The mega-spectacular at 20 Times Square, billed as The New Times Square Experience, has just about all the bells and whistles you could ask for in an LED video screen. Sure, you could accuse me of being a bit biased — I work for Sansi North America (SNA) Displays, the company that manufactured and installed the display — but in 13+ years in the LED display industry, I haven’t seen anything quite like it. Take a look:
20 Times Square is the designation for 701 Seventh Avenue in New York City’s bow-tie. At the corner of 47th and 7th, the screen towers over Duffy Square and the famous red steps near the TKTS booth. The huge wrap-around display is mounted to the high-rise building facade of the new Times Square EDITION, a 452-key hotel premiering in 2018. The real estate development, including the procurement of the massive video screen, was headed up by Witkoff, Maefield Development, Howard Lorber’s Vector Group, Ian Schrager, and Winthrop Realty Trust.
“The building is multi-use and has a retail podium at its base that will house the NFL Experience. On top of the retail, you have the 452-key luxury hotel. Our sign wraps the first nine stories and really brings the project together.”
Lea Guberina-Sulc, Vice President, Witkoff
Perhaps the most interesting aspects of this ginormous display are the major players involved. The site is the new home of Hersey’s Chocolate, but perhaps the biggest draw is NFL Experience Times Square, which has set up shop on the ground floor. The pairing of the National Football League and the Big Apple, by far the U.S.’ most visited city, is almost too much to handle, especially for big football fans. According to its website,
“NFL Experience Times Square is a first-of-its-kind interactive and immersive attraction located in the heart of New York City that brings fans closer than ever to the National Football League and their favorite teams. Combining immersive content, interactive displays, a state-of-the-art 4D cinema and other multimedia effects, the experience takes visitors from the stands to the field, transporting them from kickoff through playoffs, and ultimately, the game’s biggest stage – the Super Bowl.”
After SNA Displays spent several days testing the display with its own attention-grabbing content, the NFL arranged for some time on the big screen as well. Even in the busy bow-tie of Times Square where attention is tough to capture, onlookers were captivated by larger-than-life players, team brands from across various NFL markets, and graphics packages that really brought the screen to life. (Facebook Live capture of NFL unveiling here.)
Unless you’re an industry geek, the display technology itself probably isn’t quite as sexy as the NFL, but in terms of breaking industry molds, there’s a lot to write home about. First, consider the pixel pitch, which determines the density of pixels throughout the screen surface (quick pixel pitch refresher course). Most outdoor spectaculars installed in Times Square within the last five years have a pitch of 10 mm (.39″), meaning pixels are only 10 mm apart, center to center. Given the modest beginnings of LED display technology, those are high-resolution screens, especially considering the impressive surface area of many of these screens.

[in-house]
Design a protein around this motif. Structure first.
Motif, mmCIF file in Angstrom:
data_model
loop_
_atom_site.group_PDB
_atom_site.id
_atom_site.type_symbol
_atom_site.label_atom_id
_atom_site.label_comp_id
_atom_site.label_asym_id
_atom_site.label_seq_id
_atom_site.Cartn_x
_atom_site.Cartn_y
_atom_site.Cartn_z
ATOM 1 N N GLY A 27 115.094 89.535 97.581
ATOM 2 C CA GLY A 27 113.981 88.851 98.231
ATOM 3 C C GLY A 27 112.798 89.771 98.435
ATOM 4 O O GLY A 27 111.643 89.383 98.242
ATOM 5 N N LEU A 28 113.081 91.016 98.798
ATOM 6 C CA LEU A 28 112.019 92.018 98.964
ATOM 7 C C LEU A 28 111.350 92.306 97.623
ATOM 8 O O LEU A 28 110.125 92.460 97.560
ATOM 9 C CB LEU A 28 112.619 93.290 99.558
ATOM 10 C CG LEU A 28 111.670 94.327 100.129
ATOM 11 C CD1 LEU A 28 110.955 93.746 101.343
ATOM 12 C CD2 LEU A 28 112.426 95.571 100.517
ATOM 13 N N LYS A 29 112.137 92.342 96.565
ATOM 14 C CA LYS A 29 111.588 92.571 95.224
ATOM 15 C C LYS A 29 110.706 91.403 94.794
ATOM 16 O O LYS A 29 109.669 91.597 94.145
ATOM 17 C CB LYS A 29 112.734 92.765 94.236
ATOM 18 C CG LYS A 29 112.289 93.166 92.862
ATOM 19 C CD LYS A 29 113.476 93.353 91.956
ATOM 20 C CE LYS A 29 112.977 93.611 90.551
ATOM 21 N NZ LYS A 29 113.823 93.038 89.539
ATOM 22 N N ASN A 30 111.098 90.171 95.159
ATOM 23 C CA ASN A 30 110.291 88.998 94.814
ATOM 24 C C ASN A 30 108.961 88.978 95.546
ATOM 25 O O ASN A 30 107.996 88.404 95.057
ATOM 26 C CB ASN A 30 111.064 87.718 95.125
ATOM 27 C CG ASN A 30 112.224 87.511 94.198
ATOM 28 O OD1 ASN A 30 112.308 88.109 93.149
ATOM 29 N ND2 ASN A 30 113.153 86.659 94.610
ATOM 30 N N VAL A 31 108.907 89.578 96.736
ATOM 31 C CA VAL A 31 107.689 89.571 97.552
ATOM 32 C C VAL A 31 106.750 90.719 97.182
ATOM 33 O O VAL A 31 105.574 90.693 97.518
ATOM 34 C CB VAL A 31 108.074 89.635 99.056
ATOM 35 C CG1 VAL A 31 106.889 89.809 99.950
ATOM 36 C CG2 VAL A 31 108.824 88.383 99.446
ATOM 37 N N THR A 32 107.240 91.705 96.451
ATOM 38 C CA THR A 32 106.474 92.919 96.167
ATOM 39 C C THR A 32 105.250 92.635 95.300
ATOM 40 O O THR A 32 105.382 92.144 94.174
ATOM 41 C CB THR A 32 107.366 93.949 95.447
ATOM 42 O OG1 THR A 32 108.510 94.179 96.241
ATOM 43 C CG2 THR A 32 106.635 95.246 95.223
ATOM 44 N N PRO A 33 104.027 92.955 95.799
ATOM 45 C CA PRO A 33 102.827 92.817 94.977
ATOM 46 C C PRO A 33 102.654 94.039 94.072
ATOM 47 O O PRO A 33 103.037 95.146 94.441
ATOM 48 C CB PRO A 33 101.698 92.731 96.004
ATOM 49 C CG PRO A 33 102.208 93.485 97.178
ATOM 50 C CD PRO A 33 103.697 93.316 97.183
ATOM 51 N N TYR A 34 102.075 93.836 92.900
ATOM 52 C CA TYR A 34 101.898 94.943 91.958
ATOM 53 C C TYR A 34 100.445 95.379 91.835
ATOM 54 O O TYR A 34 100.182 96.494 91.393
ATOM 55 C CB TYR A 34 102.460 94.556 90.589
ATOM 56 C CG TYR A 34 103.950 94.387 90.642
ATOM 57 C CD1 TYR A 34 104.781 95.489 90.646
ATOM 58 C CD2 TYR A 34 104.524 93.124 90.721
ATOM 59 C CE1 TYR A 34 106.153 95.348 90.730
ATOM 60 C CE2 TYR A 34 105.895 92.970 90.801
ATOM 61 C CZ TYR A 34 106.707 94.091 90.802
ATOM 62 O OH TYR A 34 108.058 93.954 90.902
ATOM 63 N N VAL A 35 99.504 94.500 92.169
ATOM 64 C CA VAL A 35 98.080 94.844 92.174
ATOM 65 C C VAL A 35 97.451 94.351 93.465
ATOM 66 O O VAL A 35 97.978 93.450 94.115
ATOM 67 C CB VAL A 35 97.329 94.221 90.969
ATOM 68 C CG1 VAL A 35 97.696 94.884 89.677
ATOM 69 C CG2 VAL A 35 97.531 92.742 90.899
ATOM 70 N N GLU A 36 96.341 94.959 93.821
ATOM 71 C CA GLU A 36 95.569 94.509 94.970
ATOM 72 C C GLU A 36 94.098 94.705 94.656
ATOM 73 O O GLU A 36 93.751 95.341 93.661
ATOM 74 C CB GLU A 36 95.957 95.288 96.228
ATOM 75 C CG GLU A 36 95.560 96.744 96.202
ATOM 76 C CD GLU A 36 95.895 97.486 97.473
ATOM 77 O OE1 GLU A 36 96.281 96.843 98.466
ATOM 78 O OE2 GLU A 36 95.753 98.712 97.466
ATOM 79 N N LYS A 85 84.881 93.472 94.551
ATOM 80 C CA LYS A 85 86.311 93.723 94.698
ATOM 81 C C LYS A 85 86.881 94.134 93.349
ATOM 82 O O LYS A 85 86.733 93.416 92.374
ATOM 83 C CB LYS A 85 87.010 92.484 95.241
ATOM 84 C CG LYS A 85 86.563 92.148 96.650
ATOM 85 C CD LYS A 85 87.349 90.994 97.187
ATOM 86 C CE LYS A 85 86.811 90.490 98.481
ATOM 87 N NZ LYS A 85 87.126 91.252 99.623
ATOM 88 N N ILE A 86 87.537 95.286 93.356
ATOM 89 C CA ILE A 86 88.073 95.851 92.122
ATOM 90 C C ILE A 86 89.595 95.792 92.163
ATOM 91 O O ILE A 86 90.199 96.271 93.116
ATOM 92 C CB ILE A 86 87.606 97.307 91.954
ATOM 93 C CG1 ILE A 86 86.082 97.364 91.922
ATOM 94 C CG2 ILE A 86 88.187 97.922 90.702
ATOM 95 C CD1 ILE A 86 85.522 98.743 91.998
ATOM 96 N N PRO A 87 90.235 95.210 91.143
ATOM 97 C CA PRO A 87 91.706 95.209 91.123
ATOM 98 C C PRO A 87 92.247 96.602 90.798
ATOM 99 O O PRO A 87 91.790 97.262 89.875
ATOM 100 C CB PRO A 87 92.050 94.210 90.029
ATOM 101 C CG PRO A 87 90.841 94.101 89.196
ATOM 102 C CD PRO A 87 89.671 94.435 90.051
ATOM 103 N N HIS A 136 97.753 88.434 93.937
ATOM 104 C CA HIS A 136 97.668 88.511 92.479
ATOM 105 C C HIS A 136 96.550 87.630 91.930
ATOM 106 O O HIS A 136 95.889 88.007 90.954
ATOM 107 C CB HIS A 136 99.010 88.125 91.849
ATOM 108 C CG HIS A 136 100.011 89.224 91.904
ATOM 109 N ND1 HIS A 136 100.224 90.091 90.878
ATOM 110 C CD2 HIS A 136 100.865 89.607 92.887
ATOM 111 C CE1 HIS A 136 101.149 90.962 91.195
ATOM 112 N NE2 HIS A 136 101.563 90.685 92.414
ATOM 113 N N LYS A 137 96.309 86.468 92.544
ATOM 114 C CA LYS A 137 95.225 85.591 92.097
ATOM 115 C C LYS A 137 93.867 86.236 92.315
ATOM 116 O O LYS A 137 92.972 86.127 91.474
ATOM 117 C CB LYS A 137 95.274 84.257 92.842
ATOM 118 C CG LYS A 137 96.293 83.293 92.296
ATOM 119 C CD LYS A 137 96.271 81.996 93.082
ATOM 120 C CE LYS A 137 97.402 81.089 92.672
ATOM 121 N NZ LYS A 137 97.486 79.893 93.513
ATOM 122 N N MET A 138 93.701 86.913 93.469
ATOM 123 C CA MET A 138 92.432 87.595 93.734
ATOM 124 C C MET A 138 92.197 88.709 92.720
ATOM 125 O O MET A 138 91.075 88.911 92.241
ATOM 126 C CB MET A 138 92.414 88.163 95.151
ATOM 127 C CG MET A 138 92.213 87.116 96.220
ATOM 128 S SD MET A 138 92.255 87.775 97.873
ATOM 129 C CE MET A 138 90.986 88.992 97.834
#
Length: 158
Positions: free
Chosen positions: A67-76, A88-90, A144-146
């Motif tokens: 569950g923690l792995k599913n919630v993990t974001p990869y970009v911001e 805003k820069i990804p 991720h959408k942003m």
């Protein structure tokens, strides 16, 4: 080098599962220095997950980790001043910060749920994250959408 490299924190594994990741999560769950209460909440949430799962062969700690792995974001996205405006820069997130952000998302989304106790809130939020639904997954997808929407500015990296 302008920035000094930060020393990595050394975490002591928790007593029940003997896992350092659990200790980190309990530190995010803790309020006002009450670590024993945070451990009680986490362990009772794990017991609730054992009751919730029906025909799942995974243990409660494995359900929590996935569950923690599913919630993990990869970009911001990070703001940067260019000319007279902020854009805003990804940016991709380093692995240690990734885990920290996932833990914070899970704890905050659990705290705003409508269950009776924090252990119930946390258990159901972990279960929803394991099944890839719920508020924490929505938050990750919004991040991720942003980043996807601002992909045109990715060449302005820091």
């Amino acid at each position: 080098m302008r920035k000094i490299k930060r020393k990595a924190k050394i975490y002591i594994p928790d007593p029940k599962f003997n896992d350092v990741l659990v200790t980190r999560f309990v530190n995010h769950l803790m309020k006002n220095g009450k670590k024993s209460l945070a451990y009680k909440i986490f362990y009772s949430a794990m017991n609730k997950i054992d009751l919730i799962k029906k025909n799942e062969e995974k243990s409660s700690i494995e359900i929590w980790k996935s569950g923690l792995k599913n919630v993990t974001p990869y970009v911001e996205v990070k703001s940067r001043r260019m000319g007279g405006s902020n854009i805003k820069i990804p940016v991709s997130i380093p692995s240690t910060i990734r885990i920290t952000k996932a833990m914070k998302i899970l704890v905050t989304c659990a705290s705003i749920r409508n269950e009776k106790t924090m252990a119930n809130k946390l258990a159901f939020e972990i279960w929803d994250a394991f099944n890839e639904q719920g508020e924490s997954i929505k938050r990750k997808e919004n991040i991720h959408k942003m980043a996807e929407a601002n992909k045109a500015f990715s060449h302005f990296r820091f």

However, the 20 Times Square display employs a first-of-its-kind 8 mm pitch, a 20% higher density of pixels than competing video screens. As the digital world moves to higher-resolution video output, the 8 mm pixel technology was, smartly, a must for Witkoff.
“Having the 8 mm technology that SNA was capable of bringing to the project was vital to bringing in retail tenants, the advertisers to the sign and the overall quality that we were looking for.”
Eddie Greenberg, Vice President of Construction, Witkoff
Given this extremely tight pixel pitch, this LED display contains an astounding 24,708,000 pixels. And at just-short-of 25 million pixels, it’s the highest-resolution video screen in the history of Times Square.
With 8K Ultra-HD processing, the project’s main screen is built to accommodate the next generation of video and broadcast media content. 8K UHD represents four times the resolution of 4K and 16 times that of high-definition (HD). All signal processing from the media servers to the display is frame-accurate, allowing for a flicker-free, stunning-quality viewing experience.
“We can put a 4K source in the middle of the screen and surround it with traditional HD feeds, and we’ll get pixel-perfect, clear imagery with the processors. Who knows what the display will eventually be used for, but it’s clear that this screen is the only one in Times Square that can handle many of the modern demands of high-resolution TV and sports broadcasting.”
Pat Green, Senior Director of Systems, SNA Displays
As with most tech sectors, LED technology will continue to improve and become more cost-effective, so of course the display won’t remain best in class forever. But it’s clearly already become an industry trendsetter.
The SIZE AND DESIGN
At 91’4″ high and 186’4″ wide, the single-sided 20 Times Square display is the largest wrap-around screen in New York City. In total, it’s 17,021 square feet of video canvas. In terms of total surface area, it’s not the largest screen, but because of its position in the bow-tie, onlookers can’t miss it. Additionally, the smooth curve of the display adds a unique flair to the content as it rolls across the display.
The project also includes an EDITION hotel blade sign, which extends approximately 100 feet high and consists of 1,968,000 pixels, bringing the project’s total pixel count to 26,676,000 pixels.
Throughout the project, Sensory Interactive provided assessment, design assistance, procurement and project management services on behalf of the owner/developer group.
Visit 20 Times Square Project for more information, photos and video of the 20 Times Square LED spectacular.